Stick Framing Converted to Off-site Components in TX

Originally published by the following source: SBC MagazineApril 8, 2019
by Jess Lohse, with contributions by Mindy Caldwell

   

Recently Chris Tatge, Executive Director of the National Framers Council (NFC), led a series of presentations in Texas converting stick builders to components. As a professional framer, Chris offers a unique perspective to show how roof trusses can be installed with greater efficiencies than stick-framed roofs.

Chris shared tips and tricks he’s learned over 20 plus years of framing, showcasing what to do in instances where walls differ slightly from the plans, how to make small adjustments to layout on hip trusses if necessary, and temporary and permanent diagonal bracing tips when installing trusses. The builders were particularly interested in learning about installation times Chris shared for similar sized homes that they build, excited about the potential to increase unit production with their existing framing labor.

The audience was presented with Framing the American Dream data and videos, which set the tone for the presentations and prompted questions, creating a valuable dialogue between Chris and the builders. Chris answered questions on how to adjust for off-center attic access framing and addressed concerns about setting trusses with cranes in the Texas market. “There is a very good reason framers in truss markets use cranes. Eventually we all see the savings in time and labor costs a crane can provide.” The majority of roofs framed in this specific Texas market utilize a high degree of manual labor, either through handing up of rafters to be nailed in place or handing up of trusses. Chris suggested that using a crane will allow for quicker installation times and result in the framing crew having more energy to continue working on the project, ultimately acting in a more efficient manner.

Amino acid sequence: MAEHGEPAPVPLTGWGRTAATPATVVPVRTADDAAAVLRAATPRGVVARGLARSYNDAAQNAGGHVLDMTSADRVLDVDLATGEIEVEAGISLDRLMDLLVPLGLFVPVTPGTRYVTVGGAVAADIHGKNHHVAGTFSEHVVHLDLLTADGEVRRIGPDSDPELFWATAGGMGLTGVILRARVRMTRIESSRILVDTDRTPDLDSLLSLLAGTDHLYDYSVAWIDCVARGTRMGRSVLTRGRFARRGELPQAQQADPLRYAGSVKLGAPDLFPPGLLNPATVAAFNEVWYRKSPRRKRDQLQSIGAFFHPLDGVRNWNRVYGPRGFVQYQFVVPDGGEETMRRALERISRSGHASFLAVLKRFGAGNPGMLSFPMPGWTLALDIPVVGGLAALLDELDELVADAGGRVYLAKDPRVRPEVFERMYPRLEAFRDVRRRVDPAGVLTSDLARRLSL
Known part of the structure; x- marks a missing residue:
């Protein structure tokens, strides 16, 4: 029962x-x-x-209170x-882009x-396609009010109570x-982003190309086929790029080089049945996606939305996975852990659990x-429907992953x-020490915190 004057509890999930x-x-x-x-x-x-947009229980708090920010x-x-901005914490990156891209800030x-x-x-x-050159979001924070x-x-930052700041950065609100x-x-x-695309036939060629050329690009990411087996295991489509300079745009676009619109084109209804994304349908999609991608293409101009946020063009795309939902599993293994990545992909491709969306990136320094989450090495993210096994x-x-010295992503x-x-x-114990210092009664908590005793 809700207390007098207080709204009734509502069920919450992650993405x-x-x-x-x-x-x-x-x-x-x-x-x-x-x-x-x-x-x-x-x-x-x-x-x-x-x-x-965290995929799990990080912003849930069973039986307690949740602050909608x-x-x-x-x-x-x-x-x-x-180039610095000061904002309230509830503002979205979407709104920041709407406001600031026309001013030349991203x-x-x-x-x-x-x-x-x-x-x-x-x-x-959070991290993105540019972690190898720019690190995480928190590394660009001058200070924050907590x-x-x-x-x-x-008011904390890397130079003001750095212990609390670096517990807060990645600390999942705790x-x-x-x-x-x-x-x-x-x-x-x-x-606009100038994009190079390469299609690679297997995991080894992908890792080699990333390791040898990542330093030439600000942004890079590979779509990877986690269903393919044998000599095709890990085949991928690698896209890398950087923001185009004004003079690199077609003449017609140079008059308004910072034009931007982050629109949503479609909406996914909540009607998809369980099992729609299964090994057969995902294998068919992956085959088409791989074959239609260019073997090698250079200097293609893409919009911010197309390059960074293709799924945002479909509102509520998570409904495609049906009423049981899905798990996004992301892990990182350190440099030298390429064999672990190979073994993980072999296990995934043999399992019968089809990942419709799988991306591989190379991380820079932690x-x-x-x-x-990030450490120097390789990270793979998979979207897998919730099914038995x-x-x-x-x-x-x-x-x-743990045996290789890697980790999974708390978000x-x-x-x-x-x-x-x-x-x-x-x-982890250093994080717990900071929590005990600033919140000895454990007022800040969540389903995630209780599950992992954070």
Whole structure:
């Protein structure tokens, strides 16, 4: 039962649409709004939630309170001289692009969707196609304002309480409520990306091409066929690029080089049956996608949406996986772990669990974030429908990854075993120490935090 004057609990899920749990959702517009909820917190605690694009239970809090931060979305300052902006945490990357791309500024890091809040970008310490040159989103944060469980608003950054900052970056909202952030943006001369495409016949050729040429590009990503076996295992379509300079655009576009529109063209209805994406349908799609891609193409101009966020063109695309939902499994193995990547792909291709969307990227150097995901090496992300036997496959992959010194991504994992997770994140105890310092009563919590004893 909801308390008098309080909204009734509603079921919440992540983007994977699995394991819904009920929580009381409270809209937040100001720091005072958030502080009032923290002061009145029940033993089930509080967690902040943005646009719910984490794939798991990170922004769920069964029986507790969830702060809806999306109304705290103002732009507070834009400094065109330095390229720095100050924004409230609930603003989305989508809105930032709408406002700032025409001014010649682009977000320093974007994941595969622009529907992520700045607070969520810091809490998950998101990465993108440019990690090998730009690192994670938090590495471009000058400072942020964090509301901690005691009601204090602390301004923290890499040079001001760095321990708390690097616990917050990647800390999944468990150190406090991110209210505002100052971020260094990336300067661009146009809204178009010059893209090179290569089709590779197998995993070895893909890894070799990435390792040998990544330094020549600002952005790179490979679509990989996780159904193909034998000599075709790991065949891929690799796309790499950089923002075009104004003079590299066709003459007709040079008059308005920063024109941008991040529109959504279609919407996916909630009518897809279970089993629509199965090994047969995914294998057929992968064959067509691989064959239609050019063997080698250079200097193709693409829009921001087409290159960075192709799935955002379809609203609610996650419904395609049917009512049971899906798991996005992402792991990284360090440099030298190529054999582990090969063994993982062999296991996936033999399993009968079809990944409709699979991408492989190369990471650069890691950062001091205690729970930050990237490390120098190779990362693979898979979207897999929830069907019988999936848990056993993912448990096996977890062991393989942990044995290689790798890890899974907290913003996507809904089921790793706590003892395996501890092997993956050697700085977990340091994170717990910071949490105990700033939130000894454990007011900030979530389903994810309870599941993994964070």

Chris focused much of the presentation on lateral restraint and diagonal bracing while communicating the value of installing temporary bracing in a manner where it also serves as permanent bracing.

Photos of the 2017 BCMC full-scale truss bracing demonstration (pictured above) sparked conversation. This provided a great visual aid to convey the labor efficiency and safety of bracing in the web member plane, while stressing the importance of truss stability.

“Bracing from the bottom chords of the truss keeps workers safer and saves you from coming back later because you install your permanent bracing as you go,” Chris explains. “It’s knowing these kinds of tips and tricks that make trusses much faster to install than stick built.” The bracing information was well received and understood by the group, leading to discussion comparing and contrasting current jobsite practices versus the BCSI best practices that Chris uses.

The presentation included information about fall protection when setting trusses and a broader overview of FrameSAFE, the safety program developed by the NFC. While OSHA enforcement isn’t as broad in Texas as it is in other parts of the country, the group left knowing about best practices used in other parts of the country and where to go should they need additional information or resources in the future.

If you are interested in hosting a similar presentation to the framers in your local market, please contact SBCA staff.

Editor’s Note: Jess Lohse from SBCA staff accompanied Chris Tatge to observe and learn what portions from Chris’ presentation can be employed in SBCA’s ongoing Stick-to-Components conversion efforts. Look for enhancements and additional materials in the near future to bolster SBCA’s market development efforts to convert stick framing to components. Consider linking to bestwaytoframe.com, SBCA’s latest tool to help CMs expose potential customers and others in their market to the many benefits of framing with components.

For additional information on NFC and BCSI, please read the following articles:

Encourage a culture of safety with Frame Safe, a safety program for framers